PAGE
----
October 06, 2014 | ABC News
Mental health care providers want better care for asylum seekers living in the community waiting on the outcome of visa applications.
Asylum seeker advocates have warned that uncertainty over applications was causing mental health problems, and long waiting periods have been blamed for what has been described as secondary trauma or “visa distress”.
Many asylum seekers spend years in immigration detention not knowing if they will get a permanent visa or be sent home.
The situation was considered worse for those processed while living in the community.
Unlike those in detention, access to mental health care is only provided if they have acute symptoms.
Greg Turner is a practising psychologist and the director of World Wellness Centre in Brisbane.
The practice offers free psychological care to refugees and asylum seekers in the community.
“Probably about 80 per cent of our clients are presenting with issues post migration, around visa distress,” he said.
“So it’s all about uncertainty.”
By the time these people get their visa, their cognition has been impaired in a major way and so their capacity to contribute to Australian society… is damaged.Greg Turner, psychologist
Shoukat Shauor is a Hazara Afghani who fled Pakistan on a boat, leaving behind his wife and one-year-old son.
Mr Shauor was placed in detention for a year before being granted permanent residency and now lives in Tasmania.
While his case has been resolved, he has been waiting three years to hear the outcome of a visa application for his family.
Mr Shauor said his family remained the target of Islamic States (IS) militants.
A suicide bomb blast tore through a Hazara town on Sunday, only blocks from where they live. They were unharmed but such incidents add to the toll of waiting.
“I’m still waiting for my family, I don’t know how long it will take,” he said.
Mr Turner said the impact of prolonged uncertainty and lack of control could be devastating.
“Because of this inability to predict or anticipate events and this uncertainty, people lose hope after a while,” he said.
“And basically they stop thinking, their thinking shuts down, their ability to learn English is severely damaged because you need very much intact cognition to learn.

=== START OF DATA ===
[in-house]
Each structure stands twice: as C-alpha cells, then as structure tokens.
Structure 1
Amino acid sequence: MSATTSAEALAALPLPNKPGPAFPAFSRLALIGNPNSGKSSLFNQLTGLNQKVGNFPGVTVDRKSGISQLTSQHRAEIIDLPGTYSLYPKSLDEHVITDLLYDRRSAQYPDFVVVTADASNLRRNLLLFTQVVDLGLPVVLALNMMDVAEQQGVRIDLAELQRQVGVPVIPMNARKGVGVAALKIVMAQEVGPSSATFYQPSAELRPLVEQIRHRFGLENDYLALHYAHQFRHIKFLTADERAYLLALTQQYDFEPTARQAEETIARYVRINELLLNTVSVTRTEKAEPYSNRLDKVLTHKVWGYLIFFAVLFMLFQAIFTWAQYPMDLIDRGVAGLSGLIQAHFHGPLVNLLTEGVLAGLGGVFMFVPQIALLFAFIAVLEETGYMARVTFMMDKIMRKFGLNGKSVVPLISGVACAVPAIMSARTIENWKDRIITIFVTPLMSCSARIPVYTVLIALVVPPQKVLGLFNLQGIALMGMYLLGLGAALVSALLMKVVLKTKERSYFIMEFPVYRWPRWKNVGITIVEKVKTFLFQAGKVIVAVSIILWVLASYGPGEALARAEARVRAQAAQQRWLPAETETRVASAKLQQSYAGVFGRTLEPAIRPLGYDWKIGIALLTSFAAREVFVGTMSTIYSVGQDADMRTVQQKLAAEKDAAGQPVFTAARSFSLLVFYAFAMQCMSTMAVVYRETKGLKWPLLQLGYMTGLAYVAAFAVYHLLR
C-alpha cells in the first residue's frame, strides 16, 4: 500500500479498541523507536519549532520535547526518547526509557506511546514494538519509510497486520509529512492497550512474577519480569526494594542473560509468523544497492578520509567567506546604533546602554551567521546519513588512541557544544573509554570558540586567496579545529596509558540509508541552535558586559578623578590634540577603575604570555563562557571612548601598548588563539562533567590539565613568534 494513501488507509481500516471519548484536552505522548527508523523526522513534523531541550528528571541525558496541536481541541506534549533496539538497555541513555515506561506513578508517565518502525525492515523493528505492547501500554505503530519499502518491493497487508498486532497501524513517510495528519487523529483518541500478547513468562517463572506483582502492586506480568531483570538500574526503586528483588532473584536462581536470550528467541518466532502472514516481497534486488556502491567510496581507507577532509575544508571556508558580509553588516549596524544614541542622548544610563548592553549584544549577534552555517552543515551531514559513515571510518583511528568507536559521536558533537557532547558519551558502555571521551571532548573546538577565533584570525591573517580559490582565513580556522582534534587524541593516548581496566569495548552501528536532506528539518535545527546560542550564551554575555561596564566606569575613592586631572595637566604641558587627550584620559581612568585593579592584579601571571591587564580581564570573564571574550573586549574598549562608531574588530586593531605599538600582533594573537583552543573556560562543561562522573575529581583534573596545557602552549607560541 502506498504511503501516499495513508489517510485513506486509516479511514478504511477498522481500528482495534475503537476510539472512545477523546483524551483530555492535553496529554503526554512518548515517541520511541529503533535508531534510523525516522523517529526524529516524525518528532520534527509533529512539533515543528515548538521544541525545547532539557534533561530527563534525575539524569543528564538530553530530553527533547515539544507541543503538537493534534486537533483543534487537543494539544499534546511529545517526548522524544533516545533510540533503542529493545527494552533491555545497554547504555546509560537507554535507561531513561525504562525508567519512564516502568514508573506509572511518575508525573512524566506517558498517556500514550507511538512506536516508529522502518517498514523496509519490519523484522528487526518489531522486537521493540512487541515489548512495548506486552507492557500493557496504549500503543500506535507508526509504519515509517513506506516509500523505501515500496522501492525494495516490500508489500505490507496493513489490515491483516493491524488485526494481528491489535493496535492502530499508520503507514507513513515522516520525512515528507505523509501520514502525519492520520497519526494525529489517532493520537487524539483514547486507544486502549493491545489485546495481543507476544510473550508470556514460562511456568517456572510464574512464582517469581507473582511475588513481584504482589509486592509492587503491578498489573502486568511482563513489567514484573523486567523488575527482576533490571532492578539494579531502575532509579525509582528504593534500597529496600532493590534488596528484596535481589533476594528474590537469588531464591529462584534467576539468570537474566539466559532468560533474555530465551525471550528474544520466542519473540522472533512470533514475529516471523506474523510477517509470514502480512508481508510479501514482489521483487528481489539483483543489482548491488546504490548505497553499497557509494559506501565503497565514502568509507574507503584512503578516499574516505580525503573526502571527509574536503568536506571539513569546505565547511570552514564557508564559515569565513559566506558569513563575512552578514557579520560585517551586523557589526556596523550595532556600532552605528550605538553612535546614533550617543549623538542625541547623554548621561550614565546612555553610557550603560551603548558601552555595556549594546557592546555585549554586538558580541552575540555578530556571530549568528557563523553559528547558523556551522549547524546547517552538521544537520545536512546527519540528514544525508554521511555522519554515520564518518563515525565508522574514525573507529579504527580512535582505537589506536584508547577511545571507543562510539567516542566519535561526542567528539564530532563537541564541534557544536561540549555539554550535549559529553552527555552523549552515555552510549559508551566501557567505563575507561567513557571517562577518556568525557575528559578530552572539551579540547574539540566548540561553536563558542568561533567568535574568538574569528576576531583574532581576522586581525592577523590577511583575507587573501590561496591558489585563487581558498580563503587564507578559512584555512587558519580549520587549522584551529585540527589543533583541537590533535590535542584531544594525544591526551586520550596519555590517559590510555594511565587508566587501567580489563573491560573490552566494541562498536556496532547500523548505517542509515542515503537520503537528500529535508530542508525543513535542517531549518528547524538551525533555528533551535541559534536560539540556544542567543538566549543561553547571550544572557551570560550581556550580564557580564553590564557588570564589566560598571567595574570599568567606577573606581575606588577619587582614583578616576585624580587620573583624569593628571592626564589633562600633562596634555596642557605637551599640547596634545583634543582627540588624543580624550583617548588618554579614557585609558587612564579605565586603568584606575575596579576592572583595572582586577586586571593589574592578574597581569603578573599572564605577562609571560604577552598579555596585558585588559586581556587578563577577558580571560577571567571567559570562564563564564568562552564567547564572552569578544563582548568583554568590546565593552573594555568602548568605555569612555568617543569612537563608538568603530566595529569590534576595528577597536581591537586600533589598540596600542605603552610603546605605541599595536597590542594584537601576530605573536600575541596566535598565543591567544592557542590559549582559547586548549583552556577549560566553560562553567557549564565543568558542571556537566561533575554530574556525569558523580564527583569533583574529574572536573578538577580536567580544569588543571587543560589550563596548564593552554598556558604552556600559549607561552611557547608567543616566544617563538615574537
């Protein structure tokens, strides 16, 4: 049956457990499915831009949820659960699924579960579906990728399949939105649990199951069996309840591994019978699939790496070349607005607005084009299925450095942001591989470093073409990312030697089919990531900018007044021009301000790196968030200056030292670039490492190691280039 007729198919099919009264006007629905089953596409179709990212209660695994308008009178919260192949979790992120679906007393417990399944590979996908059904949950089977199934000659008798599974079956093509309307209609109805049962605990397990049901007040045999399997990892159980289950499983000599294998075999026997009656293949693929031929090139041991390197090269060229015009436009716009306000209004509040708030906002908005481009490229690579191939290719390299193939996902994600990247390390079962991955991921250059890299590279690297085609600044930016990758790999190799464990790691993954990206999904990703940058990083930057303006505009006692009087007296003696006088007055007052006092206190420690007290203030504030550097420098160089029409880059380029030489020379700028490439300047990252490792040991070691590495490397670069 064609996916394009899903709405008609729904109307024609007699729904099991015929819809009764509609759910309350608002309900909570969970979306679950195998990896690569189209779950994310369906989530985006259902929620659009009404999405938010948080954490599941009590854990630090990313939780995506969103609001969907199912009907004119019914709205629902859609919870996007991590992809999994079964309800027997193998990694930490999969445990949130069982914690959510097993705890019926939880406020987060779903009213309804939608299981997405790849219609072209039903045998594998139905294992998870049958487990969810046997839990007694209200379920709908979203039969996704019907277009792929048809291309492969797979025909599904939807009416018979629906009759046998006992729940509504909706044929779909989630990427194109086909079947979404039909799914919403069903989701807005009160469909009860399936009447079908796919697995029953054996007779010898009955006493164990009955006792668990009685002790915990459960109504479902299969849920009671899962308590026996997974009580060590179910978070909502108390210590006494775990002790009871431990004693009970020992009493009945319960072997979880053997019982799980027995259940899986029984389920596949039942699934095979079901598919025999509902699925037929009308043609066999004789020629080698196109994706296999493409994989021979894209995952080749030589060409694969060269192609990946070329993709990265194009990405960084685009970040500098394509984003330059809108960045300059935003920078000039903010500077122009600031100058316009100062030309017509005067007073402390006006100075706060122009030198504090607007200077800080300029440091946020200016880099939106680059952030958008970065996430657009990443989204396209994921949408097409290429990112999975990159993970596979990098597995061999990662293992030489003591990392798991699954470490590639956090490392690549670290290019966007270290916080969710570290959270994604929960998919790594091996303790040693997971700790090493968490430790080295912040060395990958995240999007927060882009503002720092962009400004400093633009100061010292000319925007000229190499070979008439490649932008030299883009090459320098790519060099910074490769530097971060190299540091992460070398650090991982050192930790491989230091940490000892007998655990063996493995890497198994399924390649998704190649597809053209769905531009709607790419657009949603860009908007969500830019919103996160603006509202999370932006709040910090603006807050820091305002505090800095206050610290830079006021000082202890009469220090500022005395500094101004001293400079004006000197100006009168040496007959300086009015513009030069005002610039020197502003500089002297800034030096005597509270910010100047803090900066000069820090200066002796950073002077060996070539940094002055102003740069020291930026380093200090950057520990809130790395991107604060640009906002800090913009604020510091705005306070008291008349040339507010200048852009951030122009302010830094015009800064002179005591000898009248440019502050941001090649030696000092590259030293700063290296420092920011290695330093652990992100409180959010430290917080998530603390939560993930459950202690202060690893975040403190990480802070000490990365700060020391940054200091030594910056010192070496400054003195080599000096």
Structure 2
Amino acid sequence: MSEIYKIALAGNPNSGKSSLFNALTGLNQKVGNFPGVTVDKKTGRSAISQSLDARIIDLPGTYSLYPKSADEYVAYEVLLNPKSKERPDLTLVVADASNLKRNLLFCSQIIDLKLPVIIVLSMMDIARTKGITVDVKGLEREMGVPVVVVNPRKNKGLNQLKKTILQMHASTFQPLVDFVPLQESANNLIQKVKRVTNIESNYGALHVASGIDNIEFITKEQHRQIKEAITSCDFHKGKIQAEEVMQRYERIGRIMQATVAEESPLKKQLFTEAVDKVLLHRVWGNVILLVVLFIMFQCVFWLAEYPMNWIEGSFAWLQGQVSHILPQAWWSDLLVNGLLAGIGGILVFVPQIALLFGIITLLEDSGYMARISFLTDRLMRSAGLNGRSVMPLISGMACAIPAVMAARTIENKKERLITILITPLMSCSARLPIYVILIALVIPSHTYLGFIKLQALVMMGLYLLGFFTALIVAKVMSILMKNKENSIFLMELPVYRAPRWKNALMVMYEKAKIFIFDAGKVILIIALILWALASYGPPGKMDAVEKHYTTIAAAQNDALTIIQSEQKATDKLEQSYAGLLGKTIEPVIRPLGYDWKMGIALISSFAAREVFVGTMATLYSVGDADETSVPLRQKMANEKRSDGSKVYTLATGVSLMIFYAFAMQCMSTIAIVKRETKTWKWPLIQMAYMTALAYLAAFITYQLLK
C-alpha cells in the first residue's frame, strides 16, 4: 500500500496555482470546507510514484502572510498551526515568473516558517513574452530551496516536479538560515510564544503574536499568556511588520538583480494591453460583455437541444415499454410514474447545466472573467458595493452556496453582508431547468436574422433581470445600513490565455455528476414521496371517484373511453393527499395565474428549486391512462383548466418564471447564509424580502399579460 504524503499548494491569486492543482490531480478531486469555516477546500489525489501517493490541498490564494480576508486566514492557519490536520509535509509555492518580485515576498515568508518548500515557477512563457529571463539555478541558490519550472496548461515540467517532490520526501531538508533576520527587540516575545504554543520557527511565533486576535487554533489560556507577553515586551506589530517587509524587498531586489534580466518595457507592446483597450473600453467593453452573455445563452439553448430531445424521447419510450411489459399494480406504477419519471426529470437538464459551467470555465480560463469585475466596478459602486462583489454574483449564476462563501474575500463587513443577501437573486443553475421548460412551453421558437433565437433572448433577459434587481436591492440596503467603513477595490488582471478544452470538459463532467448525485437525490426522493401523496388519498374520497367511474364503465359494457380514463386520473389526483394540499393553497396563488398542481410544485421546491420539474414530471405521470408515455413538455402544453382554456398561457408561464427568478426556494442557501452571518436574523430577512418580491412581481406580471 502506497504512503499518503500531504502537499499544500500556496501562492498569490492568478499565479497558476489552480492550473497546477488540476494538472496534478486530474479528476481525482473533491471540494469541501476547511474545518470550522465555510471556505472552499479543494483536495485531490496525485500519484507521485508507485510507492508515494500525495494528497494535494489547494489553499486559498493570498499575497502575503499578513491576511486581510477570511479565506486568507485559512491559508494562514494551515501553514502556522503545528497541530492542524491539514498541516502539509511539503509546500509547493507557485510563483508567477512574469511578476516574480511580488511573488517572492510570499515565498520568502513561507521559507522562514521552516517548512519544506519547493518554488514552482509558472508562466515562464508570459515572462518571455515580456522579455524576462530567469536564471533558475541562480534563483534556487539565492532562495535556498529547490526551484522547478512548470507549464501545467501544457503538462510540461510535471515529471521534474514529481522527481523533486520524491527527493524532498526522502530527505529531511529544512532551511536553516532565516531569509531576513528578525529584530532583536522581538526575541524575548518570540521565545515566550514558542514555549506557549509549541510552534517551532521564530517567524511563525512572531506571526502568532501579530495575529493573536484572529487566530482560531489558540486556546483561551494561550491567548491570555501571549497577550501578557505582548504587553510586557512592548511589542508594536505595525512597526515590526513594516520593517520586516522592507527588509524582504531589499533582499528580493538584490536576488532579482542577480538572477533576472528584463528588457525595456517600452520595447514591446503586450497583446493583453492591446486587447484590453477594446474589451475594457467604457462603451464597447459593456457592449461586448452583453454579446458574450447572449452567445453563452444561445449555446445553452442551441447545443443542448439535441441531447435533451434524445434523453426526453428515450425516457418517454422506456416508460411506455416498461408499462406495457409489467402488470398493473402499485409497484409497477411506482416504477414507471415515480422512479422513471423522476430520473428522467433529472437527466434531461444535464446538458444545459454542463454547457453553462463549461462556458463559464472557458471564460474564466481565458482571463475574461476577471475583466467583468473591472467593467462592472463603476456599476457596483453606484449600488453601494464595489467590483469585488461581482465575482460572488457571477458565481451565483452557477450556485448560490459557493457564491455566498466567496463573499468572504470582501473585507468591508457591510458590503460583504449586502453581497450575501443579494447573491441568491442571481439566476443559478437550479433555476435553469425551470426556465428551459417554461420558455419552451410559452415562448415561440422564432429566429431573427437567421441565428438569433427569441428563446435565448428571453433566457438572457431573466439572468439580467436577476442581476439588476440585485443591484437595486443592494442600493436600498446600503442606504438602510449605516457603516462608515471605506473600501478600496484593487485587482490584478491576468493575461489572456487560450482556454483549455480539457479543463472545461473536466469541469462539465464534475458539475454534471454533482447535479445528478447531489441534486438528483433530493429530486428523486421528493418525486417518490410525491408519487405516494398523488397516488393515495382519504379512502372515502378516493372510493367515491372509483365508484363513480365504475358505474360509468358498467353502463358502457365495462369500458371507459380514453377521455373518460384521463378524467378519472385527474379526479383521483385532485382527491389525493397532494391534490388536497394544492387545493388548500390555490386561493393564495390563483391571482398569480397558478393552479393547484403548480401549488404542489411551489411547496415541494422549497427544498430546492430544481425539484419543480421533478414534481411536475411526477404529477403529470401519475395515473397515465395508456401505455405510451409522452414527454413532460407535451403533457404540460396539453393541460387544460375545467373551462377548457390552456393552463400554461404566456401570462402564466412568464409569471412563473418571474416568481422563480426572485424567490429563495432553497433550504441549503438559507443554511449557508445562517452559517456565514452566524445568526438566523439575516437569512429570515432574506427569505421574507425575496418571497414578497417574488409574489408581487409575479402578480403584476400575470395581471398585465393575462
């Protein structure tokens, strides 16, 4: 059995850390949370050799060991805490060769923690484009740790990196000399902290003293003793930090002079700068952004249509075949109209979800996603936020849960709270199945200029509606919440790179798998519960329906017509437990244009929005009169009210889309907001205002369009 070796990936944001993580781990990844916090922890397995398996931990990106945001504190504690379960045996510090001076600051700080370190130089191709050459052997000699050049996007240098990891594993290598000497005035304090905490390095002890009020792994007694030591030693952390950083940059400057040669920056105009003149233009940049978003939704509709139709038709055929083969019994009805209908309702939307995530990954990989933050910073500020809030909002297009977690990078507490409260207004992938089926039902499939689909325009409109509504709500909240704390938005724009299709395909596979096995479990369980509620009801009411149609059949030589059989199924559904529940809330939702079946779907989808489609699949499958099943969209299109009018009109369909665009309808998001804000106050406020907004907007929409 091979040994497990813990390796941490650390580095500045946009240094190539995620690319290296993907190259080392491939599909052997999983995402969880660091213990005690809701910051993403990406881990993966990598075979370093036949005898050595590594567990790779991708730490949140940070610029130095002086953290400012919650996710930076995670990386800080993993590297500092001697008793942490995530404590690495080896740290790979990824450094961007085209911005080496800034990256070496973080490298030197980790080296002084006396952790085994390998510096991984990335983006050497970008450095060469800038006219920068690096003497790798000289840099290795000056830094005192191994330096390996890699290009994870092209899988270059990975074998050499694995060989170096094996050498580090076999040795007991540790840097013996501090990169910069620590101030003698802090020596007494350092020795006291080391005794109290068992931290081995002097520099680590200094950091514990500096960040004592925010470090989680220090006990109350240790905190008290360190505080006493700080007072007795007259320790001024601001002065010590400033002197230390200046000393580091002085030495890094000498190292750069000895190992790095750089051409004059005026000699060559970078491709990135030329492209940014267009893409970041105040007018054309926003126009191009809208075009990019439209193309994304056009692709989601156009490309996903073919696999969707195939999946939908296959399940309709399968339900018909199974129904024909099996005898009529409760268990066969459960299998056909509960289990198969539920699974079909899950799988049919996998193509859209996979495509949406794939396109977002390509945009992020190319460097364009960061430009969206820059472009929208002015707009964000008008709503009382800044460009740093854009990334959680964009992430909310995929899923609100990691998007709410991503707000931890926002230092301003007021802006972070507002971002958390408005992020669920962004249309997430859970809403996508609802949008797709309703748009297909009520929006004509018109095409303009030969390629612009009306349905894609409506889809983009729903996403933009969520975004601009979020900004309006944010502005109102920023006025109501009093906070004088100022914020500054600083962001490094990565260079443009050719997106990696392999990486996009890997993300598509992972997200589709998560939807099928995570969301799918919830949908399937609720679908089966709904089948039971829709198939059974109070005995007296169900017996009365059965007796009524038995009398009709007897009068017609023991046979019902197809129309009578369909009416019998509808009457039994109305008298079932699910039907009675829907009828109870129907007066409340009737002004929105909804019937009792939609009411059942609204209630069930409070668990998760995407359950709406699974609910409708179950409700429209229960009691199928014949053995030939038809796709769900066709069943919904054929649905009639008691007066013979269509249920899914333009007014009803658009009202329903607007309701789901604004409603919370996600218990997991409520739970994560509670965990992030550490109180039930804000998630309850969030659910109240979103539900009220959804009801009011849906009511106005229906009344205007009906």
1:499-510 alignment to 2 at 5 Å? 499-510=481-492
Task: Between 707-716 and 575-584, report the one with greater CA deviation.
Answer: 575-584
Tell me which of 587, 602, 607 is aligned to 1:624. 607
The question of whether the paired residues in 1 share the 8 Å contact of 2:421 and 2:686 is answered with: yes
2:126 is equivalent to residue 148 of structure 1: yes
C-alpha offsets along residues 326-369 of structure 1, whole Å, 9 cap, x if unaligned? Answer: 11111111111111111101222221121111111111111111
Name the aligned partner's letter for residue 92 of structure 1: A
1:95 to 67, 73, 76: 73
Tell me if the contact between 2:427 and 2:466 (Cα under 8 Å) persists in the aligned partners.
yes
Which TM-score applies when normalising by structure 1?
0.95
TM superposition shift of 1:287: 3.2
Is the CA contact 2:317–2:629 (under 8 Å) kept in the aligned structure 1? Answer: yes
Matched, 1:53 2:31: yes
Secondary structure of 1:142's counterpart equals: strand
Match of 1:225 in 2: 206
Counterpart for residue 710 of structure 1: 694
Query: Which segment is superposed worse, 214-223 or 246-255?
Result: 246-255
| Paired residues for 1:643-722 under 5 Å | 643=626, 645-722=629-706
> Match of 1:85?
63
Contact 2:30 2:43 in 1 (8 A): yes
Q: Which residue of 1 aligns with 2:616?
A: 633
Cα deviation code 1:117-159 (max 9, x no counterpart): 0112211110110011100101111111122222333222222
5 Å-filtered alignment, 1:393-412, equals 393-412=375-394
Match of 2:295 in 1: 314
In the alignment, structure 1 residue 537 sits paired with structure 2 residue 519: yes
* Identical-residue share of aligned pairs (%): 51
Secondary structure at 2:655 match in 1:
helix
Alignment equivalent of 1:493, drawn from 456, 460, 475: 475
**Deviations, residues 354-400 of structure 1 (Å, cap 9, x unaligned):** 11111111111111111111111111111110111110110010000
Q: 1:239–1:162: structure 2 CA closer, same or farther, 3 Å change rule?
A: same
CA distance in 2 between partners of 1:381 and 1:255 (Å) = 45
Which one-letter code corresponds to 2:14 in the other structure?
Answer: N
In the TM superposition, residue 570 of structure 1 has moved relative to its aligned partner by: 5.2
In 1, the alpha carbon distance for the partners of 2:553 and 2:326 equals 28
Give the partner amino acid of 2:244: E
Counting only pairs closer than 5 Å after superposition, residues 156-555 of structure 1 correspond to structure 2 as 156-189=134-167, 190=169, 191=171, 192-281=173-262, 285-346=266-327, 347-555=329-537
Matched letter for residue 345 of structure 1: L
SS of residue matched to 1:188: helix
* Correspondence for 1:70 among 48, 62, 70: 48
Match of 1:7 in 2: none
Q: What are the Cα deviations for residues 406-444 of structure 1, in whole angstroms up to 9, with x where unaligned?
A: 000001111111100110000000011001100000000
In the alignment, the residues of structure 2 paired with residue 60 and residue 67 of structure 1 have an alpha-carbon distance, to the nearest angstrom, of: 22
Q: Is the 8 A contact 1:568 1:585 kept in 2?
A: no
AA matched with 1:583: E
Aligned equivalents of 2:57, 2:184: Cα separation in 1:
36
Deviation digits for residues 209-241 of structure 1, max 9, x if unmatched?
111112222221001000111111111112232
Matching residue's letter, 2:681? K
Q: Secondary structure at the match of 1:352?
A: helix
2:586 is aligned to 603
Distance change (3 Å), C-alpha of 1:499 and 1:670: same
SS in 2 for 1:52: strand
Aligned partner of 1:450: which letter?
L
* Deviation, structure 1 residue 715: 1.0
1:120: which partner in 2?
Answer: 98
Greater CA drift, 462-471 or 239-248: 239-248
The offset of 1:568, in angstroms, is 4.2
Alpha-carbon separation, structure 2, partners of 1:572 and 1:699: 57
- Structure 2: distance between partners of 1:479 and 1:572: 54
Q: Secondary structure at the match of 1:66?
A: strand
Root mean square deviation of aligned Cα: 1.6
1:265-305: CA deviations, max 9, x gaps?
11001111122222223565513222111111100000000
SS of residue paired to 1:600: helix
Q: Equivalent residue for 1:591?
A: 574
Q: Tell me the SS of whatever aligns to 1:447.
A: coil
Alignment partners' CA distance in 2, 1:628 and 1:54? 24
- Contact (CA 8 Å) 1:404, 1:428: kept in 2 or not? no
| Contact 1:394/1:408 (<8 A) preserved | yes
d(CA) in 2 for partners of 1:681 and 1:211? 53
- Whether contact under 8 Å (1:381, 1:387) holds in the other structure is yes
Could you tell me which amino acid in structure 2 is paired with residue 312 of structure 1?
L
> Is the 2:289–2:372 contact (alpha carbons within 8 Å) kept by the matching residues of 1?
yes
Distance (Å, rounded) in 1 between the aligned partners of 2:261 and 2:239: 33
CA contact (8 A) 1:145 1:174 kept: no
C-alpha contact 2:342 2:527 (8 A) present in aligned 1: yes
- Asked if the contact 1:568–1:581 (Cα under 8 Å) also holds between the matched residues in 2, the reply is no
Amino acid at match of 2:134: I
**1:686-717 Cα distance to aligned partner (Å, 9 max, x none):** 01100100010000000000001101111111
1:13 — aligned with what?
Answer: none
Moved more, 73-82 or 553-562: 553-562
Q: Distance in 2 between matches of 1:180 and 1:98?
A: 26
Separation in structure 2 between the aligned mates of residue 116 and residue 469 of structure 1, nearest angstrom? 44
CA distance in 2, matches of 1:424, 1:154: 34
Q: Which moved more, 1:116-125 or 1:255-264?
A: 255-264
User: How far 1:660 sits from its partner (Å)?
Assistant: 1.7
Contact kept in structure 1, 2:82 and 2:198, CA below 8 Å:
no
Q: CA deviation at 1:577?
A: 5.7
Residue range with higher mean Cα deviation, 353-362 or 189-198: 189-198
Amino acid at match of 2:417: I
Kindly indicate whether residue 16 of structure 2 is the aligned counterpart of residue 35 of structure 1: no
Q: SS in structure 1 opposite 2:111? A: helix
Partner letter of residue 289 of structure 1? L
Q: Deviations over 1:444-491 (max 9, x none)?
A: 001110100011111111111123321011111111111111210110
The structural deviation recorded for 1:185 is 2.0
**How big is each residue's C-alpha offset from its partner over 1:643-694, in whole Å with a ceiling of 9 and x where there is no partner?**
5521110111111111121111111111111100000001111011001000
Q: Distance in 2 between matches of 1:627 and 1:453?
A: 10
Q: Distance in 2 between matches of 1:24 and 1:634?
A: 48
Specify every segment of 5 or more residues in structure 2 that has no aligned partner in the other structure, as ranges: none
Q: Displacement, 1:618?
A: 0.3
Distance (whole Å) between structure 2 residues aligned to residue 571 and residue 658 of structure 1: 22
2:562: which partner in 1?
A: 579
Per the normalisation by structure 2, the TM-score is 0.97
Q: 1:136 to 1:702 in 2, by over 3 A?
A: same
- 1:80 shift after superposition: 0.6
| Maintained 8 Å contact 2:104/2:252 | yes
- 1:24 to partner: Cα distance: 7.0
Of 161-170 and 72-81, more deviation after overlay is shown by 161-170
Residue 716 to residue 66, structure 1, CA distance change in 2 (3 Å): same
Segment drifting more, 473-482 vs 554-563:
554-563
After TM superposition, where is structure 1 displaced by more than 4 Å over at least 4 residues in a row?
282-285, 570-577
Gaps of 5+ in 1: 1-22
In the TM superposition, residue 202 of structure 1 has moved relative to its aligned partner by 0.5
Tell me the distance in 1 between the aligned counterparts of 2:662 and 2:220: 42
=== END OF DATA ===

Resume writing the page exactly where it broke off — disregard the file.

“By the time these people get their visa their cognition has been impaired in a major way and so their capacity to contribute to Australian society – which is very much what they all want to do – is damaged.”
Support needed before symptoms become acute
Clarissa Adriel from the Tasmanian Asylum Seeker Support Service believed, with such lengthy delays, there was an obligation to provide better mental health care to asylum seekers and refugees.
“The situation of waiting for a visa and not knowing when it’s going to be provided is similar to a helplessness and hopelessness that you can feel in other mental health conditions,” she said.
“As a country we have a choice about how we respond to people that apply for protection.
“Making the process as fast and as straight forward as possible will support people’s mental health.”
Ms Adriel wanted refugees to have access to help as soon as they needed it, rather than waiting until they present with acute symptoms.
“It’s important that as a community we don’t see this as something that’s inherent to asylum seekers or refugees or people from other countries,” she said.
“It’s a normal response to a really unusual situation.”
Mr Turner said he believed there was not enough mental health care provided to refugees and asylum seekers in the community who are waiting on the outcome of visa applications.
“The problem at the moment is this level of acuity that needs to meet entry requirements into the public health mental system,” he said.
“At the moment there’s nothing available for the sub-acute.”